Panic disorder is usually treated with counselling and medications. The type of counselling used is typically cognitive behavioural therapy (CBT) which is effective in more than half of people. Medications used include antidepressants and occasionally benzodiazepines or beta blockers. Following stopping treatment up to 30% of people have a recurrence.

Panic disorder affects about 2.5% of people at some point in their life. It usually begins during adolescence or early adulthood but any age can be affected. It is less common in children and older people. Women are more often affected than men.

Signs and Symptoms

Panic disorder sufferers usually have a series of intense episodes of extreme anxiety during panic attacks. These attacks typically last about ten minutes, and can be as short-lived as 1-5 minutes, but can last twenty minutes to more than an hour, or until helpful intervention is made. Panic attacks can wax and wane for a period of hours (panic attacks rolling into one another), and the intensity and specific symptoms of panic may vary over the duration.

In some cases, the attack may continue at unabated high intensity or seem to be increasing in severity. Common symptoms of an attack include rapid heartbeat, perspiration, dizziness, dyspnoea, trembling, uncontrollable fear such as: the fear of losing control and going crazy, the fear of dying and hyperventilation. Other symptoms are a sensation of choking, paralysis, chest pain, nausea, numbness or tingling, chills or hot flashes, faintness, crying and some sense of altered reality. In addition, the person usually has thoughts of impending doom. Individuals suffering from an episode have often a strong wish of escaping from the situation that provoked the attack. The anxiety of panic disorder is particularly severe and noticeably episodic compared to that from generalised anxiety disorder. Panic attacks may be provoked by exposure to certain stimuli (e.g. seeing a mouse) or settings (e.g. the dentist’s office). Nocturnal panic attacks are common in people with panic disorder. Other attacks may appear unprovoked. Some individuals deal with these events on a regular basis, sometimes daily or weekly.

Limited symptom attacks are similar to panic attacks but have fewer symptoms. Most people with PD experience both panic attacks and limited symptom attacks.

Interoceptive

Studies investigating the relationship between interoception and panic disorder have shown that people with panic disorder feel heartbeat sensations more intensely when stimulated by pharmacological agents, suggesting that they experience heightened interoceptive awareness compared to subjects without PD.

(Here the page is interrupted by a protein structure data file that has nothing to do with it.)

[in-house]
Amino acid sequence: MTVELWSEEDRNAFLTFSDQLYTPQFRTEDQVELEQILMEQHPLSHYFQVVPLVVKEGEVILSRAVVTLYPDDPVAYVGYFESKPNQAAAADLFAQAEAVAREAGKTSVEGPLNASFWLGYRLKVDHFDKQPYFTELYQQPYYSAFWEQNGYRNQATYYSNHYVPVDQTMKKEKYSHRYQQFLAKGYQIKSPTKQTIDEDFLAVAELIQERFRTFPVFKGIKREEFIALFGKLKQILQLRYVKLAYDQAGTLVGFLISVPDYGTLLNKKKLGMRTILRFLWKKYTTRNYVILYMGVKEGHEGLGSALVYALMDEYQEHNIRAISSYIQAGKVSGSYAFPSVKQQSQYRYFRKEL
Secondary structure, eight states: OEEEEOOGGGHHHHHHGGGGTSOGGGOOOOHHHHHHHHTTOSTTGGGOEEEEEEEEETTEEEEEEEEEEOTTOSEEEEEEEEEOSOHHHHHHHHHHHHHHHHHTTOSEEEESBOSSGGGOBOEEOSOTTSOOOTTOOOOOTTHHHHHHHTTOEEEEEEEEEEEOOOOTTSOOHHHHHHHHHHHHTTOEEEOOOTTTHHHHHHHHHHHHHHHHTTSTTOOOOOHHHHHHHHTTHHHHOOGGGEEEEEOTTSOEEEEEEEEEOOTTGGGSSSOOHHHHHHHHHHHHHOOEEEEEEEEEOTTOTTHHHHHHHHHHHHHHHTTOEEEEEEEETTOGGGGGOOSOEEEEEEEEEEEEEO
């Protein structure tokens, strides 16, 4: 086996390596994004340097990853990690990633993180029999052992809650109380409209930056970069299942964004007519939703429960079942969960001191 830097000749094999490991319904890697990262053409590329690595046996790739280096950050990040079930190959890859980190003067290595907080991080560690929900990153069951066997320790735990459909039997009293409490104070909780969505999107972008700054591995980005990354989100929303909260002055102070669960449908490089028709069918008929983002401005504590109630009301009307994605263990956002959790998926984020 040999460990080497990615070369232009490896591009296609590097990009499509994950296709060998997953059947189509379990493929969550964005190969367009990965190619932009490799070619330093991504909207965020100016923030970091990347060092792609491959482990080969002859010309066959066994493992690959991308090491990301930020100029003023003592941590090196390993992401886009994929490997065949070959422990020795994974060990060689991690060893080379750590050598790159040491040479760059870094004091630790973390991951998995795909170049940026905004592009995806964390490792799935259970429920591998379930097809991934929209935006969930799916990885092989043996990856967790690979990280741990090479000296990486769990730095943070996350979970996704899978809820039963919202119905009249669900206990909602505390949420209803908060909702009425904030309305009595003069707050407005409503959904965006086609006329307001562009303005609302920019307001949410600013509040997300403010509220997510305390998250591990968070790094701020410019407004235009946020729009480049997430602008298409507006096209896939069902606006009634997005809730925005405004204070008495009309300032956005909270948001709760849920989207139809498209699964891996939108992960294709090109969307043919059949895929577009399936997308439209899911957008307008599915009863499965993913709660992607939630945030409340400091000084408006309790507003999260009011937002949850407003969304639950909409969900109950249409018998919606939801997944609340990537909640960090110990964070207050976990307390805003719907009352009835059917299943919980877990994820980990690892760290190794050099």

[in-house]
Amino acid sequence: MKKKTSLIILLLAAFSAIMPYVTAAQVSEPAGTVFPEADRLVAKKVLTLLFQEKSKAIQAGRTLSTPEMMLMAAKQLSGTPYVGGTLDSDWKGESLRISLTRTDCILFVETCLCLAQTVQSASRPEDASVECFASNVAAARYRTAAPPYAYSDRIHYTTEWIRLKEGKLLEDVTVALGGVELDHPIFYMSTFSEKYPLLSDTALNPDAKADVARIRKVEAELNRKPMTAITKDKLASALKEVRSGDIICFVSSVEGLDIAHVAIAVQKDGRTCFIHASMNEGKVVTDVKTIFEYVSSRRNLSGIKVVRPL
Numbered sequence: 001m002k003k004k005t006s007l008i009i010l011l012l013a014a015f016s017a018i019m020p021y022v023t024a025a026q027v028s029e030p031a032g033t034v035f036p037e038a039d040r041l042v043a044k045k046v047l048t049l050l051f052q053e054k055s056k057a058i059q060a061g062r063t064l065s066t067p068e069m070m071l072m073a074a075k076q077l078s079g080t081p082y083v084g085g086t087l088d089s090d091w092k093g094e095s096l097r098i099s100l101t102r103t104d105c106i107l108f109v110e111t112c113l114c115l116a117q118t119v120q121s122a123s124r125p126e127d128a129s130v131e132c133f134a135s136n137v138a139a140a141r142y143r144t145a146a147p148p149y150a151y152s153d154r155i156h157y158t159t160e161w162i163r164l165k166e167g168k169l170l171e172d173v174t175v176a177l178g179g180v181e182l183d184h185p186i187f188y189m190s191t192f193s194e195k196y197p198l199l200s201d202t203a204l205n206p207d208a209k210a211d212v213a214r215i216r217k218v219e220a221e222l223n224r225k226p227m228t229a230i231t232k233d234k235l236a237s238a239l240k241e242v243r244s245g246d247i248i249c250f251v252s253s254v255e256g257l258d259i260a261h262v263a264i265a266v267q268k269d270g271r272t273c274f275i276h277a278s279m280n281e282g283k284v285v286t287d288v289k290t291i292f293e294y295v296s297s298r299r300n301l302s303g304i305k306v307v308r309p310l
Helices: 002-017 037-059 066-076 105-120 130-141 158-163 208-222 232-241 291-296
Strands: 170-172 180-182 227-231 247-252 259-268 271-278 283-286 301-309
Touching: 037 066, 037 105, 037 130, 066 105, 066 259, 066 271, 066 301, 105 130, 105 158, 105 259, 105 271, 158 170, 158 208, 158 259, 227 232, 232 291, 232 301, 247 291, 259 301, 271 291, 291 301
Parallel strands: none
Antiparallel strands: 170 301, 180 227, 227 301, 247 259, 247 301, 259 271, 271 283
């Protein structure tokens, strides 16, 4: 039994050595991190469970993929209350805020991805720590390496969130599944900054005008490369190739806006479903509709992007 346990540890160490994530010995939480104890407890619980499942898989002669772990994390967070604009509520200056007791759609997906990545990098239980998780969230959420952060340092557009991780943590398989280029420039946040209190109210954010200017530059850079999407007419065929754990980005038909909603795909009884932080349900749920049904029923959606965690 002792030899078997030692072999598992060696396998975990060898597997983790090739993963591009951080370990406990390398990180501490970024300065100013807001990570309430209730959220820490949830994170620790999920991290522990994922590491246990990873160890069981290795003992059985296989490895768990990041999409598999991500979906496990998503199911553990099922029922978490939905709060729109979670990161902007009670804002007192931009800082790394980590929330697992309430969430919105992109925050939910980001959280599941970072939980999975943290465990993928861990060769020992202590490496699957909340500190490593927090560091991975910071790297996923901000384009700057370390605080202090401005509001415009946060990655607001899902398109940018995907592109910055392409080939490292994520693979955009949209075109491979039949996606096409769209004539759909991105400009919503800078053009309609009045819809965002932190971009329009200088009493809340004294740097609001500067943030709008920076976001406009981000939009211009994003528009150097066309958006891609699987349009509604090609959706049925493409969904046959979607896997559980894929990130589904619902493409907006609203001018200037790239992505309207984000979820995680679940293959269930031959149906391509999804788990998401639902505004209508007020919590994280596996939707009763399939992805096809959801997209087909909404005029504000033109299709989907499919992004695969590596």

Causes

Psychological Models

While there is not just one explanation for the cause of panic disorder, there are certain perspectives researchers use to explain the disorder. The first one is the biological perspective. Past research concluded that there is irregular norepinephrine activity in people who have panic attacks. Current research also supports this perspective as it has been found that those with panic disorder also have a brain circuit that performs improperly. This circuit consists of the amygdala, central gray matter, ventromedial nucleus of the hypothalamus, and the locus ceruleus.

There is also a cognitive perspective. Theorists believe that people with panic disorder may experience panic reactions because they mistake their bodily sensations for life-threatening situations. These bodily sensations cause some people to feel as though are out of control which may lead to feelings of panic. This misconception of bodily sensations is referred to as anxiety sensitivity, and studies suggest that people who score higher on anxiety sensitivity surveys are fives times more likely to be diagnosed with panic disorder.

Panic disorder has been found to run in families, which suggests that inheritance plays a strong role in determining who will get it.

Psychological factors, stressful life events, life transitions, and environment as well as often thinking in a way that exaggerates relatively normal bodily reactions are also believed to play a role in the onset of panic disorder. Often the first attacks are triggered by physical illnesses, major stress, or certain medications. People who tend to take on excessive responsibilities may develop a tendency to suffer panic attacks. Post-traumatic stress disorder (PTSD) patients also show a much higher rate of panic disorder than the general population.

Prepulse inhibition has been found to be reduced in patients with panic disorder.